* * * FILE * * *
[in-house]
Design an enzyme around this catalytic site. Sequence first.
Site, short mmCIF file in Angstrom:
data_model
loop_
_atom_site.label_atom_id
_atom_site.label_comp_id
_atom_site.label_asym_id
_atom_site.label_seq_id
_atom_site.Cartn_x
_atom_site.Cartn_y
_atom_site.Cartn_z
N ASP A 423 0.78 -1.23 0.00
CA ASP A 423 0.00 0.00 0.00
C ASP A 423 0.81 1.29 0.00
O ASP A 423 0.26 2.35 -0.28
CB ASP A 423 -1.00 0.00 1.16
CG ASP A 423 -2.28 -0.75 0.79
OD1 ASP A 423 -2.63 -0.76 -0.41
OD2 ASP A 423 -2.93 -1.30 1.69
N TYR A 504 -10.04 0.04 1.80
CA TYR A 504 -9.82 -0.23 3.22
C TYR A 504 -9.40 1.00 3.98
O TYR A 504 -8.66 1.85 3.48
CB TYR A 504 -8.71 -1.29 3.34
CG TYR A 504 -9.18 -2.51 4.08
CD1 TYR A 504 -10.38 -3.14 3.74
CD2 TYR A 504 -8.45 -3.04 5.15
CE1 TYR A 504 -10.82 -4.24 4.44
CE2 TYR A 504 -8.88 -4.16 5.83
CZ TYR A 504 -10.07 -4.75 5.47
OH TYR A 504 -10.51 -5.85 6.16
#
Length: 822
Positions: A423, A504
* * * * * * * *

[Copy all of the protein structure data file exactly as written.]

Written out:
[in-house]
Design an enzyme around this catalytic site. Sequence first.
Site, short mmCIF file in Angstrom:
data_model
loop_
_atom_site.label_atom_id
_atom_site.label_comp_id
_atom_site.label_asym_id
_atom_site.label_seq_id
_atom_site.Cartn_x
_atom_site.Cartn_y
_atom_site.Cartn_z
N ASP A 423 0.78 -1.23 0.00
CA ASP A 423 0.00 0.00 0.00
C ASP A 423 0.81 1.29 0.00
O ASP A 423 0.26 2.35 -0.28
CB ASP A 423 -1.00 0.00 1.16
CG ASP A 423 -2.28 -0.75 0.79
OD1 ASP A 423 -2.63 -0.76 -0.41
OD2 ASP A 423 -2.93 -1.30 1.69
N TYR A 504 -10.04 0.04 1.80
CA TYR A 504 -9.82 -0.23 3.22
C TYR A 504 -9.40 1.00 3.98
O TYR A 504 -8.66 1.85 3.48
CB TYR A 504 -8.71 -1.29 3.34
CG TYR A 504 -9.18 -2.51 4.08
CD1 TYR A 504 -10.38 -3.14 3.74
CD2 TYR A 504 -8.45 -3.04 5.15
CE1 TYR A 504 -10.82 -4.24 4.44
CE2 TYR A 504 -8.88 -4.16 5.83
CZ TYR A 504 -10.07 -4.75 5.47
OH TYR A 504 -10.51 -5.85 6.16
#
Length: 822
Positions: A423, A504